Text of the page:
Swithun, the Patron Saint of Winchester Cathedral (and weather!) lived from roughly 800 AD to 863 AD. He was Bishop from his consecration on 30 October 852 until his death on 2 July 863.
Swithun served in the royal household and became an important advisor to the king. He became the seventeenth Bishop of Winchester, in 852, and was famous for rebuilding Winchester’s East Gate bridge.
Swithun died in 862 and was buried in a simple grave outside the west door of the Saxon cathedral. On his deathbed, Swithun begged that he should be buried outside the north wall of his cathedral where passers-by should pass over his grave and raindrops from the eaves drop upon it. Popularity made sure that Swithun became a saint, although there was no decree from Rome.
More than a hundred years later, when Dunstan and Æthelwold of Winchester were inaugurating their church reform, Swithun was adopted as patron of the restored church at Winchester, formerly dedicated to St. Peter and St. Paul. His body was transferred from its almost forgotten grave to Æthelwold's new basilica on 15 July 971; according to contemporary writers, numerous miracles preceded and followed the move.
When Bishop Swithun’s body was moved, his bones were dug up and placed them in a precious reliquary inside the building, given by the King – an act later seen as against the saint’s wishes. According to contemporary writers, numerous miracles preceded and followed the move. Pilgrims began to pay homage to the saint in increasing numbers, even after his remains, were transferred from the Saxon to the Norman cathedral in 1093. His Anglo-Saxon reliquary was carried with great ceremony to its new position behind the high altar, where it stayed until 1450. In 1476 it was moved to the chantry until it was finally destroyed in the reformation in 1576.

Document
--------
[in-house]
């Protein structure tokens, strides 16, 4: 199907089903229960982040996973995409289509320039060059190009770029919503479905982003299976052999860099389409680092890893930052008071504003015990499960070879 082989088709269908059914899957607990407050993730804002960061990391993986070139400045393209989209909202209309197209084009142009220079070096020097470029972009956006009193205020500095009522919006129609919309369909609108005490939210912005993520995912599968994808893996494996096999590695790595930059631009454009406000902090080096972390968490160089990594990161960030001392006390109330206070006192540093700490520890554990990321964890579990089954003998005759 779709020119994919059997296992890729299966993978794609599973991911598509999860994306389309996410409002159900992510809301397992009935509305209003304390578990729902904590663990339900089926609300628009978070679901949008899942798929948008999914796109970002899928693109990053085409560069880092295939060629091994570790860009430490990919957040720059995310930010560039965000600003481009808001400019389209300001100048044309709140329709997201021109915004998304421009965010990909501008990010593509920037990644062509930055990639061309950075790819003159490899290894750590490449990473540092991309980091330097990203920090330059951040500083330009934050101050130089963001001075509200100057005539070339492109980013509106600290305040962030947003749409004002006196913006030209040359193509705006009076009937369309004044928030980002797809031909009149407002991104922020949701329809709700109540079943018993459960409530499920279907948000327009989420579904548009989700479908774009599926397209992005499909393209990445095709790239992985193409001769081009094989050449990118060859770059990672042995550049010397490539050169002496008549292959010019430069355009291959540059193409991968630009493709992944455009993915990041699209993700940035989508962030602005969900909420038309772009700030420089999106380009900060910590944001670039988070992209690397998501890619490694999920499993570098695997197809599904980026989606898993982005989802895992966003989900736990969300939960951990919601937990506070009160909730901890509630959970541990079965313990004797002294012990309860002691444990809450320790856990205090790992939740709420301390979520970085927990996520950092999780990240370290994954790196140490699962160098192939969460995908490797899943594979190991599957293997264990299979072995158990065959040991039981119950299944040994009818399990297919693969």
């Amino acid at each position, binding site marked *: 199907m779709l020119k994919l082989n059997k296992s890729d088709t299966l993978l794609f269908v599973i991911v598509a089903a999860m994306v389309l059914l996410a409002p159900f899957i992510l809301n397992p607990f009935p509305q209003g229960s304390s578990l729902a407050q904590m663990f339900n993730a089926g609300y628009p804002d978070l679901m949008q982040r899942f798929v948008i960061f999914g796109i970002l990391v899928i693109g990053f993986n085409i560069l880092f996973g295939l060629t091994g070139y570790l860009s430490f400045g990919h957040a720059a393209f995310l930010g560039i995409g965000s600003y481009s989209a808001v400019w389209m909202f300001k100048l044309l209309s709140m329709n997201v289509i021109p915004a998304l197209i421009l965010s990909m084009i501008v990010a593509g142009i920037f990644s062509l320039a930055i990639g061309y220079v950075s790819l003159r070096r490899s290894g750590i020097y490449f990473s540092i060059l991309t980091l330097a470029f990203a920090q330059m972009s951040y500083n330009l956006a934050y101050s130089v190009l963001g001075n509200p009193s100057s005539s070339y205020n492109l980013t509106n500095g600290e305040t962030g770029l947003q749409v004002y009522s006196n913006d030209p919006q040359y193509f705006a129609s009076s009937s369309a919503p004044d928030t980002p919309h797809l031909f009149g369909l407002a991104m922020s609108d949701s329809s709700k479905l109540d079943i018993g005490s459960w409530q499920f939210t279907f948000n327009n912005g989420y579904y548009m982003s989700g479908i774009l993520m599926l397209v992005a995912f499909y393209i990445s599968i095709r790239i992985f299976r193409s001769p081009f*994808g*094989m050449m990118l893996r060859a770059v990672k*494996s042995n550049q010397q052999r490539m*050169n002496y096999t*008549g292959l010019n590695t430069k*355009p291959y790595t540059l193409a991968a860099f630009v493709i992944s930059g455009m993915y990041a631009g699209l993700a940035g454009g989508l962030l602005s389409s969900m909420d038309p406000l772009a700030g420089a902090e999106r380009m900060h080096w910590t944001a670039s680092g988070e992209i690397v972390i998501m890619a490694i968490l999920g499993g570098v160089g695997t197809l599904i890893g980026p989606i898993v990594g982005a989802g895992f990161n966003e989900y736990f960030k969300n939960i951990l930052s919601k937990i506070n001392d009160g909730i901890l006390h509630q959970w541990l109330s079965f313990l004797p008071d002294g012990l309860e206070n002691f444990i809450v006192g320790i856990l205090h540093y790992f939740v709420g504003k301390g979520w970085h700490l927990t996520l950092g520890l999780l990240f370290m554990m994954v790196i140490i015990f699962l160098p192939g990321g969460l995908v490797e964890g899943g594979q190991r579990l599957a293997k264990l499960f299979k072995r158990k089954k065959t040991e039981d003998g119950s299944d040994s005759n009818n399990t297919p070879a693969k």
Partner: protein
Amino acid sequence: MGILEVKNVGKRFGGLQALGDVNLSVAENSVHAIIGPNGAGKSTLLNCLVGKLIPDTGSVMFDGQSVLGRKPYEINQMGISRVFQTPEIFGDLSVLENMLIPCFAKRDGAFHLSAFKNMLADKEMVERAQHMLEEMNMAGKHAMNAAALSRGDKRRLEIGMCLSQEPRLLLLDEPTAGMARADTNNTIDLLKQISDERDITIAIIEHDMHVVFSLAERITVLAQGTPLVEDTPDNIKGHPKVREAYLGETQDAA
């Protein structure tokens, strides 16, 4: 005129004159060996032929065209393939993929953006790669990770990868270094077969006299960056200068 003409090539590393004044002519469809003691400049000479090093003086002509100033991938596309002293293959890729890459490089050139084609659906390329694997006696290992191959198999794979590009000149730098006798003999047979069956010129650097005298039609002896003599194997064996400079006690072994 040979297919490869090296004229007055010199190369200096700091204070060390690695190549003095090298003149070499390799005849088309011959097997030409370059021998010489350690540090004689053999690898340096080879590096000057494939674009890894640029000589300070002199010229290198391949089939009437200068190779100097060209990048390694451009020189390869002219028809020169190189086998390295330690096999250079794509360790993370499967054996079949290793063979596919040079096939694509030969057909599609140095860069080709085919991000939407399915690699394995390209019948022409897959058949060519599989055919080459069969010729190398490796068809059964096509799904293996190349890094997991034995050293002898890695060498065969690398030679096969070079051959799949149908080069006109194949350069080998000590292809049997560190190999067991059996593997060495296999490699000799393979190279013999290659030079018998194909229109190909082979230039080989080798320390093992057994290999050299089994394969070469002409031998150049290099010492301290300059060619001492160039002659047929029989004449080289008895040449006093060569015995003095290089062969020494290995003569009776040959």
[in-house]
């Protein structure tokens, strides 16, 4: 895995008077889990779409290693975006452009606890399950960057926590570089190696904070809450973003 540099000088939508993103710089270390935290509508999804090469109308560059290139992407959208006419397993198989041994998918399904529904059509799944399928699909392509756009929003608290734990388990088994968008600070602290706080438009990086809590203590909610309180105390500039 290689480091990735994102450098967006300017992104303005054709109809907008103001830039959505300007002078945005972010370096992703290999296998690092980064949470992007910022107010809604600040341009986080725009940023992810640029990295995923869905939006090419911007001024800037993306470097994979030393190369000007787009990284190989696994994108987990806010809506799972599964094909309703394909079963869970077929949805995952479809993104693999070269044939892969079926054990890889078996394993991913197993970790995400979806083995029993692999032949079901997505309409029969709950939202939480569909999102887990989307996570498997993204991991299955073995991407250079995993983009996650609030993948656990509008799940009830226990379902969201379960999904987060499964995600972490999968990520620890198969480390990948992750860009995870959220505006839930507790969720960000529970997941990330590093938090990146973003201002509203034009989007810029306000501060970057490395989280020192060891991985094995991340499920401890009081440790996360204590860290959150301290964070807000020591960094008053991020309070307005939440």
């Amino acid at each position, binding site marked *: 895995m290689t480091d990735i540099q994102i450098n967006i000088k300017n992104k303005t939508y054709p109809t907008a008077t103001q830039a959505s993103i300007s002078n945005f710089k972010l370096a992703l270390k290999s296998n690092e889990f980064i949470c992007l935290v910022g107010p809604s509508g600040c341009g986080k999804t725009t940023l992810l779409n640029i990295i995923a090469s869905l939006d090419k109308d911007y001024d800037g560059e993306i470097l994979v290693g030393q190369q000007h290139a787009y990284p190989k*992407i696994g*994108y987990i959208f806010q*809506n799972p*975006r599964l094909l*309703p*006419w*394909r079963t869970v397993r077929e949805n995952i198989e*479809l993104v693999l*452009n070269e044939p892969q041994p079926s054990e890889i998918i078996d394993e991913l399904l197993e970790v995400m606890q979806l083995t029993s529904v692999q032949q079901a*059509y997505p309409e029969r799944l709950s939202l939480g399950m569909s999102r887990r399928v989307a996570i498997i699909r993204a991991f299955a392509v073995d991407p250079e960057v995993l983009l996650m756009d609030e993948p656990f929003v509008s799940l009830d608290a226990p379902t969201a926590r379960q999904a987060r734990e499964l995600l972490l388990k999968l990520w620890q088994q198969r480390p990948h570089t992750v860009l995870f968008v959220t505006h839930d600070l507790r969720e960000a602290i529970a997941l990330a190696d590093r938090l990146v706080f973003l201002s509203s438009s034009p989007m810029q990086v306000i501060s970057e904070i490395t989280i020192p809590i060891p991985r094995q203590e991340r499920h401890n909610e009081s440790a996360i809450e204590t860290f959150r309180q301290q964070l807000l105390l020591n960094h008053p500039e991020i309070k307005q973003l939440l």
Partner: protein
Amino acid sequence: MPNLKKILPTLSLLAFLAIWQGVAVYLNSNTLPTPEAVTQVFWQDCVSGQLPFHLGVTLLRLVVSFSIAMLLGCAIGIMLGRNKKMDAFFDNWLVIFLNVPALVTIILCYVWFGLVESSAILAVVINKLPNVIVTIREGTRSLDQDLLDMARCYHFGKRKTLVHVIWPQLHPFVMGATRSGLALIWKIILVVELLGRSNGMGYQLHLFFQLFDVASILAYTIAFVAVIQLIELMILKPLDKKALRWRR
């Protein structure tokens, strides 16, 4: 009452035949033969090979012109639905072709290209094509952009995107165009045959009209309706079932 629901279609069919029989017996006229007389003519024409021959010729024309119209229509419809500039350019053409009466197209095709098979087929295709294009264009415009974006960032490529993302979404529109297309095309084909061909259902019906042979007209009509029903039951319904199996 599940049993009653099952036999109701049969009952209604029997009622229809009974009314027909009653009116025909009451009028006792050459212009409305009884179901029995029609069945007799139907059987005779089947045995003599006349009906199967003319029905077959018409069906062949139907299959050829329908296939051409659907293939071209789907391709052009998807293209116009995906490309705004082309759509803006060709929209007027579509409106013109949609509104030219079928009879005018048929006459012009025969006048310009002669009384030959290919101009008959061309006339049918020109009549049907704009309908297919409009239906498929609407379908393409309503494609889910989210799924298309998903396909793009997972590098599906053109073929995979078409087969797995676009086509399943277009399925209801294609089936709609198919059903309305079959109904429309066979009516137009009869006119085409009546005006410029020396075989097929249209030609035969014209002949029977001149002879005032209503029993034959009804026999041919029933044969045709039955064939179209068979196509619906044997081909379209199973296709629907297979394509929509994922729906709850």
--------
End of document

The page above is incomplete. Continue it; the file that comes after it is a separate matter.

St Swithun's Shrine in Canterbury Cathedral
Legends of the Saint
One legend claims that Swithun tutored the young Alfred the Great. Another says is that he built the first stone bridge over the River Itchen that runs through Winchester. His most famous miracle tells of a simple act of human kindness to a poor woman. When crossing the bridge, she was jostled and dropped her basket of eggs. The saint took pity on her – and made her broken eggs whole.
And then there's the rain
The name of Swithun is best known today for the weather lore proverb, which says that if it rains on St. Swithun's day, 15 July, it will rain for 40 days.
St Swithun's day if thou dost rain
For forty days it will remain
St Swithun's day if thou be fair
For forty days 'twill rain nae mare.
If you're planning to undertake a walk, take heed!